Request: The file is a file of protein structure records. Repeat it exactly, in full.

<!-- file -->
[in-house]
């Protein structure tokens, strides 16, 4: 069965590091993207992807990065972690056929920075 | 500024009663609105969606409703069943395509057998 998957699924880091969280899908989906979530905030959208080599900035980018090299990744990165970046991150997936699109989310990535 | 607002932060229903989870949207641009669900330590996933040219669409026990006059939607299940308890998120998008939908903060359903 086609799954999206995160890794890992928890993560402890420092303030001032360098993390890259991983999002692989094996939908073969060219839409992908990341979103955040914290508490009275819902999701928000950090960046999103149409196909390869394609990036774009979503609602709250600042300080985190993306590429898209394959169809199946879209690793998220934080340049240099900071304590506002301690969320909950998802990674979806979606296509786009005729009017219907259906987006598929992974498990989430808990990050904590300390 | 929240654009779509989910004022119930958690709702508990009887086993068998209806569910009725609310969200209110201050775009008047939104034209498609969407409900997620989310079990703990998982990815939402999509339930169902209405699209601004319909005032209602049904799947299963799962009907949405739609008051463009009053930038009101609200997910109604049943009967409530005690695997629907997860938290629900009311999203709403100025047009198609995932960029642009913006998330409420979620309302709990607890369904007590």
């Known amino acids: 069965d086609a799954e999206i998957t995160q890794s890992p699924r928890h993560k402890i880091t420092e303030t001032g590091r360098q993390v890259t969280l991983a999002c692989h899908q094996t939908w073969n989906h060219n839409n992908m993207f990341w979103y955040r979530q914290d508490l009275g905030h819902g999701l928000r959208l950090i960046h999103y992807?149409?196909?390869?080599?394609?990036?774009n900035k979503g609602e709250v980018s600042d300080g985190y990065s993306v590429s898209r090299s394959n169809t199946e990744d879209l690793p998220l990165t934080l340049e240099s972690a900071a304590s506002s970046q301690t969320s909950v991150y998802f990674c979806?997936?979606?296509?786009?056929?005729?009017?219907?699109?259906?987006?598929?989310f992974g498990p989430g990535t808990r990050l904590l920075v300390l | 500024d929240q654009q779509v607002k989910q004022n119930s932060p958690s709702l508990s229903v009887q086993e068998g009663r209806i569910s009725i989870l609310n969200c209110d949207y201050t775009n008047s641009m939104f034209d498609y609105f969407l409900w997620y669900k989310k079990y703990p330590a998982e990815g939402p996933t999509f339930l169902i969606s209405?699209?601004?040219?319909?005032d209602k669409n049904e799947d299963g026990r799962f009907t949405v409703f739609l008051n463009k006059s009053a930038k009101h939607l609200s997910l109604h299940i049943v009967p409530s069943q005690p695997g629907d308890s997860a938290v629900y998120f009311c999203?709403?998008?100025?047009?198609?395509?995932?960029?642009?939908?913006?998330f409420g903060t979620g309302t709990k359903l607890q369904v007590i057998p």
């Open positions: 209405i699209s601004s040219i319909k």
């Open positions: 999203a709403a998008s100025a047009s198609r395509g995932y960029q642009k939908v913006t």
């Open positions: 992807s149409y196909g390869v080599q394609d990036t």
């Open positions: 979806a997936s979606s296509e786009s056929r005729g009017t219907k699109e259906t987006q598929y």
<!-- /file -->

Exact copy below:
[in-house]
């Protein structure tokens, strides 16, 4: 069965590091993207992807990065972690056929920075 | 500024009663609105969606409703069943395509057998 998957699924880091969280899908989906979530905030959208080599900035980018090299990744990165970046991150997936699109989310990535 | 607002932060229903989870949207641009669900330590996933040219669409026990006059939607299940308890998120998008939908903060359903 086609799954999206995160890794890992928890993560402890420092303030001032360098993390890259991983999002692989094996939908073969060219839409992908990341979103955040914290508490009275819902999701928000950090960046999103149409196909390869394609990036774009979503609602709250600042300080985190993306590429898209394959169809199946879209690793998220934080340049240099900071304590506002301690969320909950998802990674979806979606296509786009005729009017219907259906987006598929992974498990989430808990990050904590300390 | 929240654009779509989910004022119930958690709702508990009887086993068998209806569910009725609310969200209110201050775009008047939104034209498609969407409900997620989310079990703990998982990815939402999509339930169902209405699209601004319909005032209602049904799947299963799962009907949405739609008051463009009053930038009101609200997910109604049943009967409530005690695997629907997860938290629900009311999203709403100025047009198609995932960029642009913006998330409420979620309302709990607890369904007590």
């Known amino acids: 069965d086609a799954e999206i998957t995160q890794s890992p699924r928890h993560k402890i880091t420092e303030t001032g590091r360098q993390v890259t969280l991983a999002c692989h899908q094996t939908w073969n989906h060219n839409n992908m993207f990341w979103y955040r979530q914290d508490l009275g905030h819902g999701l928000r959208l950090i960046h999103y992807?149409?196909?390869?080599?394609?990036?774009n900035k979503g609602e709250v980018s600042d300080g985190y990065s993306v590429s898209r090299s394959n169809t199946e990744d879209l690793p998220l990165t934080l340049e240099s972690a900071a304590s506002s970046q301690t969320s909950v991150y998802f990674c979806?997936?979606?296509?786009?056929?005729?009017?219907?699109?259906?987006?598929?989310f992974g498990p989430g990535t808990r990050l904590l920075v300390l | 500024d929240q654009q779509v607002k989910q004022n119930s932060p958690s709702l508990s229903v009887q086993e068998g009663r209806i569910s009725i989870l609310n969200c209110d949207y201050t775009n008047s641009m939104f034209d498609y609105f969407l409900w997620y669900k989310k079990y703990p330590a998982e990815g939402p996933t999509f339930l169902i969606s209405?699209?601004?040219?319909?005032d209602k669409n049904e799947d299963g026990r799962f009907t949405v409703f739609l008051n463009k006059s009053a930038k009101h939607l609200s997910l109604h299940i049943v009967p409530s069943q005690p695997g629907d308890s997860a938290v629900y998120f009311c999203?709403?998008?100025?047009?198609?395509?995932?960029?642009?939908?913006?998330f409420g903060t979620g309302t709990k359903l607890q369904v007590i057998p």
């Open positions: 209405i699209s601004s040219i319909k």
């Open positions: 999203a709403a998008s100025a047009s198609r395509g995932y960029q642009k939908v913006t």
């Open positions: 992807s149409y196909g390869v080599q394609d990036t």
């Open positions: 979806a997936s979606s296509e786009s056929r005729g009017t219907k699109e259906t987006q598929y």